Cynthia's Interests

The world as it unfolds - told from an African American woman's perspective...

Tuesday, July 05, 2005


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On June 29th, a group of aldermen from Chicago’s city council introduced a measure that would ban smoking inside most public places in Chicago. The ban, if enacted, would be among the most strict in America, forbidding puffing not just in restaurants and bars, but also in bingo parlours, limousines, outdoor sport stadiums and on train platforms. The only indoor refuges for smokers would be private homes, hotels, motels and retail tobacco shops, provided patrons didn’t exhale too forcefully. Smokers would even be banned from indulging within 25 feet of an enclosed area where smoking is banned.

Chew on this
Chicagoans may associate the name with baseball, but the rest of the world knows Wrigley as a gum- and confectionery-maker. Based in Chicago since the late 19th century, it is the world’s largest such company. But on June 29th, William Wrigley Jr, the chief executive and the great-great-grandson of the company’s founder, announced that it would shut its last remaining Chicago-based factory on the city’s south side. The company is offering the 600 workers at the historic chewing-gum plant a choice between early retirement or a transfer—either to Yorkville, in the city’s far western suburbs, or Gainesville, Georgia, the company’s largest plant. The company’s research and corporate headquarters will remain in Chicago.

The south-side factory comprises a warren of multi-storeyed, interconnected buildings, some of which date back to its opening in 1911. The factory employs a mere 33% of the workforce it did as recently as the 1960s, even as the Wrigley company has grown. Wrigley recently acquired most of Kraft Foods' confectionery business, which includes the Life Savers and Altoids brands, and plans to transfer a number of former Kraft researchers to Chicago.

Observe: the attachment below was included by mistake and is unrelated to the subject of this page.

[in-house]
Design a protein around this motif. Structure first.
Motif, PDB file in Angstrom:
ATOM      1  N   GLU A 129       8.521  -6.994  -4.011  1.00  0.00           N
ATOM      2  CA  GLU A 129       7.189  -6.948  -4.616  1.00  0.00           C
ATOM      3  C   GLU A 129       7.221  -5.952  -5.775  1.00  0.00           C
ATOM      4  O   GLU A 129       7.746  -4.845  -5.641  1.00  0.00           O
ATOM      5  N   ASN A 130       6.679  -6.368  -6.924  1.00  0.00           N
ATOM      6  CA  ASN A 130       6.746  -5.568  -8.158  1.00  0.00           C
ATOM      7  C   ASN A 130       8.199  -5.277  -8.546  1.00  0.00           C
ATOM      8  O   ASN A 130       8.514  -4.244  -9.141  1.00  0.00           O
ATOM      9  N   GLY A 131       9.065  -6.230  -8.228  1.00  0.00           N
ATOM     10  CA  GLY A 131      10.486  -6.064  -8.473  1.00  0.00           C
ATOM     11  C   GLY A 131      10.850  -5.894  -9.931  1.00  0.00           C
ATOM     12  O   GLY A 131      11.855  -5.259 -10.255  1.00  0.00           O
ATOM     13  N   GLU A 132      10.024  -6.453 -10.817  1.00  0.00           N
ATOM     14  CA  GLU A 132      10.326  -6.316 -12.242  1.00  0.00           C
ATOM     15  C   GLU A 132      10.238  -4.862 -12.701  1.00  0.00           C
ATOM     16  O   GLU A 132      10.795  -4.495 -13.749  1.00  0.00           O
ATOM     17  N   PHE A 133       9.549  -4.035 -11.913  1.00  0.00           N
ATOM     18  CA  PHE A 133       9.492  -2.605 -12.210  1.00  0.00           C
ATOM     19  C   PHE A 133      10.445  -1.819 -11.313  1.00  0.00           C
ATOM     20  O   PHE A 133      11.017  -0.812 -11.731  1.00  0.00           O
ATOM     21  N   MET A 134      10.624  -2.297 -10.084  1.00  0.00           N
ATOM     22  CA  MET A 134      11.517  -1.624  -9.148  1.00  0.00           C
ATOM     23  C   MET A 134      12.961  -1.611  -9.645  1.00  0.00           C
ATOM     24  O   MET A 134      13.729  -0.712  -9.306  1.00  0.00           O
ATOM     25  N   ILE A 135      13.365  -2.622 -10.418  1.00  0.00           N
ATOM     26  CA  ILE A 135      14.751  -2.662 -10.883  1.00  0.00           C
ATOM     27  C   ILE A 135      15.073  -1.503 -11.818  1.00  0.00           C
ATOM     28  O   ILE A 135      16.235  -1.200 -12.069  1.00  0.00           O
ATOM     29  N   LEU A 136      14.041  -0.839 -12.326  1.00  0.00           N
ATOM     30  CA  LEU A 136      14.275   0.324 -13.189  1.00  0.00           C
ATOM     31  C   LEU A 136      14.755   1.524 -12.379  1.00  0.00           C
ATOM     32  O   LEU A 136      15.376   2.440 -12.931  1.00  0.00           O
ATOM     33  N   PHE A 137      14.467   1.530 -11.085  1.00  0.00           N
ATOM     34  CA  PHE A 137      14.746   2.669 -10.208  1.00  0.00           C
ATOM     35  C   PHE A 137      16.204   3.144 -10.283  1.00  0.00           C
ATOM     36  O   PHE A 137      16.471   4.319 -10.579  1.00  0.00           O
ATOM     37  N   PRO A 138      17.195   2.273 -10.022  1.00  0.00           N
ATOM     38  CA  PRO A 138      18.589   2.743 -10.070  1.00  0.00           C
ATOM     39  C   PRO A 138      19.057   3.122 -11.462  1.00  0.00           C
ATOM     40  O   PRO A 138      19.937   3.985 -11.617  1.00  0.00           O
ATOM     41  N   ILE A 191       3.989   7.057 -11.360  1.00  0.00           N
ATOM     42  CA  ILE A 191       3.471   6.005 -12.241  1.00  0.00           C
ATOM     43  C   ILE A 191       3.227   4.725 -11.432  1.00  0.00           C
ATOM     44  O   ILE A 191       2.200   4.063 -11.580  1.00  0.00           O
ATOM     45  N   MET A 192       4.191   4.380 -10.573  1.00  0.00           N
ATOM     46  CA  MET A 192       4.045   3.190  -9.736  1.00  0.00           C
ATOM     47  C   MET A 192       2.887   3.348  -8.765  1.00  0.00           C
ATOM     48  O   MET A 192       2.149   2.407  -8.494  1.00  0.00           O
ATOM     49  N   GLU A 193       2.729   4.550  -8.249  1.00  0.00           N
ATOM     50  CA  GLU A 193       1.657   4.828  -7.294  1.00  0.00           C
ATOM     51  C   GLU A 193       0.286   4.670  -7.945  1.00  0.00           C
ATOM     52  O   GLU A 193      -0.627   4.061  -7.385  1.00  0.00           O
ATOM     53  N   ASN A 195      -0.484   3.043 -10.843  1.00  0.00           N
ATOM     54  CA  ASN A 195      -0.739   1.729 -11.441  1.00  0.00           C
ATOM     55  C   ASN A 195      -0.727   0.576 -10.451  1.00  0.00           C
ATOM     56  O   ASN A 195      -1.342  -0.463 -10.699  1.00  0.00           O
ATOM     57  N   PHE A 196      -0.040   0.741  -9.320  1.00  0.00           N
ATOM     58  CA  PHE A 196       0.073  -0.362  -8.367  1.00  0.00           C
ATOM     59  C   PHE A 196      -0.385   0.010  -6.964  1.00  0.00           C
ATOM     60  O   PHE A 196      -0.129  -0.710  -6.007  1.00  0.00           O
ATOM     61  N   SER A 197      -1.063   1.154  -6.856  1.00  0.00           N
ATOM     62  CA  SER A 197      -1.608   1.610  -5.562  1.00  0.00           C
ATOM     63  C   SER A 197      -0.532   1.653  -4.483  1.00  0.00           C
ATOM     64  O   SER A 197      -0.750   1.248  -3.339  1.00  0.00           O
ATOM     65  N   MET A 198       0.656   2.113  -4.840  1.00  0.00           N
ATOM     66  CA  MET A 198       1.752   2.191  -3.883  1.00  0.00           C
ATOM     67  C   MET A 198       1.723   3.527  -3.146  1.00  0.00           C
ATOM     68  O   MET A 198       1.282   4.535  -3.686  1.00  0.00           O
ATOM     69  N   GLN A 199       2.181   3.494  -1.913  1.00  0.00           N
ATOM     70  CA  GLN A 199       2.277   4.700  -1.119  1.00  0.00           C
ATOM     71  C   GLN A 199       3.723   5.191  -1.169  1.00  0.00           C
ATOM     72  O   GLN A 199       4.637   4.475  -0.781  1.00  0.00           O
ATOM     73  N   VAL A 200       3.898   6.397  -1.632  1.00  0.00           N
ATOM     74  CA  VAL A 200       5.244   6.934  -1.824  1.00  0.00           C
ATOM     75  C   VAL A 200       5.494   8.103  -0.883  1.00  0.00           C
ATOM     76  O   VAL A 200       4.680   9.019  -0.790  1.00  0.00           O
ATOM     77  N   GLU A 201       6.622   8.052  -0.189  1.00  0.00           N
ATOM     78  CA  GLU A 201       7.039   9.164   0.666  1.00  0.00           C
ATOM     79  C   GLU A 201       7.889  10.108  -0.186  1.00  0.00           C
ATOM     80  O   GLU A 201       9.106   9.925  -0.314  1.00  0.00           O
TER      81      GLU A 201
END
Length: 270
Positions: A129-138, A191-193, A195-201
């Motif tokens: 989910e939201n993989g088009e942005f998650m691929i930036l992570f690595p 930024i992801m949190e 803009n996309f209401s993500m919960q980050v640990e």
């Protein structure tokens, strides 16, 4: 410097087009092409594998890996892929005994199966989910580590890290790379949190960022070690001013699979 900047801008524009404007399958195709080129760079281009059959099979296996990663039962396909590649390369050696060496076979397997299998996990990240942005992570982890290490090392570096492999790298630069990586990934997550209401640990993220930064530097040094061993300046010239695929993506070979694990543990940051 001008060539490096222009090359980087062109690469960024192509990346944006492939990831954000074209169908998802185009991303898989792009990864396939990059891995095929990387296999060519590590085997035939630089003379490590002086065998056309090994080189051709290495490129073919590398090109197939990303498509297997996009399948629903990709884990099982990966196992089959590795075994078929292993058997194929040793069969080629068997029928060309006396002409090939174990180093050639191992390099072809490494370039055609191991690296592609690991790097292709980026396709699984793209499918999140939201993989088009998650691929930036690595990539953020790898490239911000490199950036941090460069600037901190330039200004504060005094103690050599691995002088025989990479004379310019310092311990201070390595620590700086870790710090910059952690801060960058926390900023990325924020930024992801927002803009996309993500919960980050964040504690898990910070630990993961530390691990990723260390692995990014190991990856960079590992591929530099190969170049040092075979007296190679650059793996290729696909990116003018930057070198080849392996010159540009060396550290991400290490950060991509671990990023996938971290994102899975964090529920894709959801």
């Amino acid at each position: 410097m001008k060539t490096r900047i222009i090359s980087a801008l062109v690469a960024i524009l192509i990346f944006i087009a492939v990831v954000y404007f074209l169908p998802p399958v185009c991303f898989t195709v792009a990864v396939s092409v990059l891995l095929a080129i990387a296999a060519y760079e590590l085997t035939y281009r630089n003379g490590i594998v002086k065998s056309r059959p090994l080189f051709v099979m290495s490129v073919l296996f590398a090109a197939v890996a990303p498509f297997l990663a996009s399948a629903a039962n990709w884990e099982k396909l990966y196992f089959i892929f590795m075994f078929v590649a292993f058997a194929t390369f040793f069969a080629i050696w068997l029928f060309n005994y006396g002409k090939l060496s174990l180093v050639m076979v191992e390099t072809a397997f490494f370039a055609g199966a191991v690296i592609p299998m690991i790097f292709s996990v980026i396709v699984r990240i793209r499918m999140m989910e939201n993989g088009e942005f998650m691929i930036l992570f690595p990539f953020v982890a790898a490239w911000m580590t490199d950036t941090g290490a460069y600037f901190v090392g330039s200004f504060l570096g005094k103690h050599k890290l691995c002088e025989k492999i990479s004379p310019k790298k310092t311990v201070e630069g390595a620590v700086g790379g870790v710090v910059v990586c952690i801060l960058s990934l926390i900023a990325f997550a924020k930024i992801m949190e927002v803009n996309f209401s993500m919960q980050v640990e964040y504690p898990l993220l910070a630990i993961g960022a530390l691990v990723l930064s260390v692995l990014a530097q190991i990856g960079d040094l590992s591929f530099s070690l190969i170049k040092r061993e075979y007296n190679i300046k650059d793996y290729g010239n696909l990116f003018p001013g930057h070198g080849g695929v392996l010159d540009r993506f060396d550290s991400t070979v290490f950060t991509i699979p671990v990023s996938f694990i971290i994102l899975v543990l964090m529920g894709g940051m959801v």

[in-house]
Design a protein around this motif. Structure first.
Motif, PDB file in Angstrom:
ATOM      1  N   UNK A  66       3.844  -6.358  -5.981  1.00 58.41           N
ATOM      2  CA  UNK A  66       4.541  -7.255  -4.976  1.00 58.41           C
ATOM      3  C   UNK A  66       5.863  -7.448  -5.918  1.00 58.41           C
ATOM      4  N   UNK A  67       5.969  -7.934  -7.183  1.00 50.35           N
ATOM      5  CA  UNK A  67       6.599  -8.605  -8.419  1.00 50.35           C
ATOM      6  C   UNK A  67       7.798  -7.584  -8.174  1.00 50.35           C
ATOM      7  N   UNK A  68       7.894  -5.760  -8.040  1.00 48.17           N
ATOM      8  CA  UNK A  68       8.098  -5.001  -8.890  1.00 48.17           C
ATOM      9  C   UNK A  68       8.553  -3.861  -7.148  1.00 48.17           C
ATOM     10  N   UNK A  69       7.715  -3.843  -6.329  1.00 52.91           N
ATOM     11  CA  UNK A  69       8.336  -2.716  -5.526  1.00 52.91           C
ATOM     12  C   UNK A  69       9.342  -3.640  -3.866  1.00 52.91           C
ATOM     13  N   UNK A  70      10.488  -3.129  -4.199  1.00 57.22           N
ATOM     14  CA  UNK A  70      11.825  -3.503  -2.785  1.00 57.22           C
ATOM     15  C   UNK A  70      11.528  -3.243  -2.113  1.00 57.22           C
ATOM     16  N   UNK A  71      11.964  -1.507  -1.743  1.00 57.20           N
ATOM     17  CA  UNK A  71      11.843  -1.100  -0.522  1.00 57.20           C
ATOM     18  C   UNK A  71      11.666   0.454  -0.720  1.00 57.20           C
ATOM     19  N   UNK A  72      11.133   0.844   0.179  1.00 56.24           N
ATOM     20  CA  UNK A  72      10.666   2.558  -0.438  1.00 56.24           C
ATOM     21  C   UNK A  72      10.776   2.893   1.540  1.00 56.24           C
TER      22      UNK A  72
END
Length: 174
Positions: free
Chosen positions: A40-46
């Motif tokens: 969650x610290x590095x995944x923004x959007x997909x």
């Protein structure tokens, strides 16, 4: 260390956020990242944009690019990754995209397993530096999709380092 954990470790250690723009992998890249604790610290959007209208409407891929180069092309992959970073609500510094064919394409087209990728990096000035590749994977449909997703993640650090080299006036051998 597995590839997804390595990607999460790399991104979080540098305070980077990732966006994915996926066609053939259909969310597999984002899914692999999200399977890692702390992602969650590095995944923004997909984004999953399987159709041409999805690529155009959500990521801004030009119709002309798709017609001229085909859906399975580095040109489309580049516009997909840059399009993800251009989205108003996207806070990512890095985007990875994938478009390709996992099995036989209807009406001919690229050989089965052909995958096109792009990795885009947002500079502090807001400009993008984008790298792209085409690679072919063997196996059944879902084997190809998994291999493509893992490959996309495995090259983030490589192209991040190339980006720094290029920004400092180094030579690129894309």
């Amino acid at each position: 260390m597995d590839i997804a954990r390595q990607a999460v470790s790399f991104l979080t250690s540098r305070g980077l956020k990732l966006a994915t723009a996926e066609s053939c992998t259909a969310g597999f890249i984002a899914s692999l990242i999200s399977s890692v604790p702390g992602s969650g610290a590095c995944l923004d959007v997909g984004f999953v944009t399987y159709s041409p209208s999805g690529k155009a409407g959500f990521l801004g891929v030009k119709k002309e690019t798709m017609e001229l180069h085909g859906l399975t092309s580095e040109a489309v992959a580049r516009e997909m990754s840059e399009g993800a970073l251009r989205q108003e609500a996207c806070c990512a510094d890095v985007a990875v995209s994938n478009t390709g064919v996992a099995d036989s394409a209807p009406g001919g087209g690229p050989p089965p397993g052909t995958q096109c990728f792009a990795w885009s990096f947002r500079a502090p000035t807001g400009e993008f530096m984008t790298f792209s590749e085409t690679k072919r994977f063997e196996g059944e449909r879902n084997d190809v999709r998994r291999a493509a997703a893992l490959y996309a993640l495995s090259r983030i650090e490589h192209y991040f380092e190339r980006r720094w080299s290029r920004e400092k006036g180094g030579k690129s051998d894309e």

Sugary haze
Chicago has taken a dim view of marijuana-flavoured sweets: on June 29th, it became the first big city to ban the sale of lollipops, gumdrops and other sweets flavoured with hemp oil. The oil imparts the musky taste of marijuana but none of the high. The sweets, sold under names like Purple Haze, Rasta and Chronic Candy, are available at corner shops across the country. Though they are technically forbidden to anyone younger than 18, Chicago’s city council justified the ban by arguing that the sweets are designed to cultivate a taste for marijuana among children.

Edward Burke, who chairs the city’s finance committee, raised an even more frightening spectre: the sweets are endorsed by Snoop Dogg, a rapper who has made a career extolling the virtues of “the chronic”. If we need any other reason to vote in favour of this [ban], it’s now being endorsed by Snoop Dogg,” Mr Burke thundered. “Snoop Dogg wants all of our kids to buy this product.”

Higher and higher
On July 1st, Chicago’s sales tax will rise to 9%, the highest of any big American city, and the second-highest in Illinois (Stone Park, a wealthy western suburb of Chicago, boasts a 9.25% sales tax).

Heading for the hills
Chicago may be the country’s third-largest city, with an estimated 2.8m people, but its population has fallen by 34,000 since the 2000 census. Demographers cite two reasons for the decline: first, new arrivals to the area are settling in the city’s suburbs rather than in the centre; and second, much of the new housing construction in the city is aimed at singles, couples and empty-nest households rather than families.

Latinos have joined blacks and whites in fleeing the city, though demographers say that Chicago is retaining its population better than most other Midwestern cities. Among the country’s ten largest cities, Chicago, New York and Philadelphia all saw slight declines in their estimated populations. Nationally, the Sun Belt states of California, Texas, Arizona, Florida and Nevada saw the largest increases in population. Strangely, though, Joliet—a western suburb of Chicago most famous for its maximum-security state prison—is one of the country’s fastest-growing areas, thanks mainly to two riverboat casinos and a racetrack.

What's not being said is that Chicago has this gentrification going on all over the city. This is displacing many poor people. A few years ago, Mayor Daley said something to the effect (on a Sunday Morning talk show) that the city will change and people better get used to it and only those that can afford to pay the increase will be able to live in Chicago. Because of this, there are very few affordable houses/apartments and this is causing the flavor of the city to change. The crime in Chicago is decreasing while it is increasing in the surrounding Suburbs.

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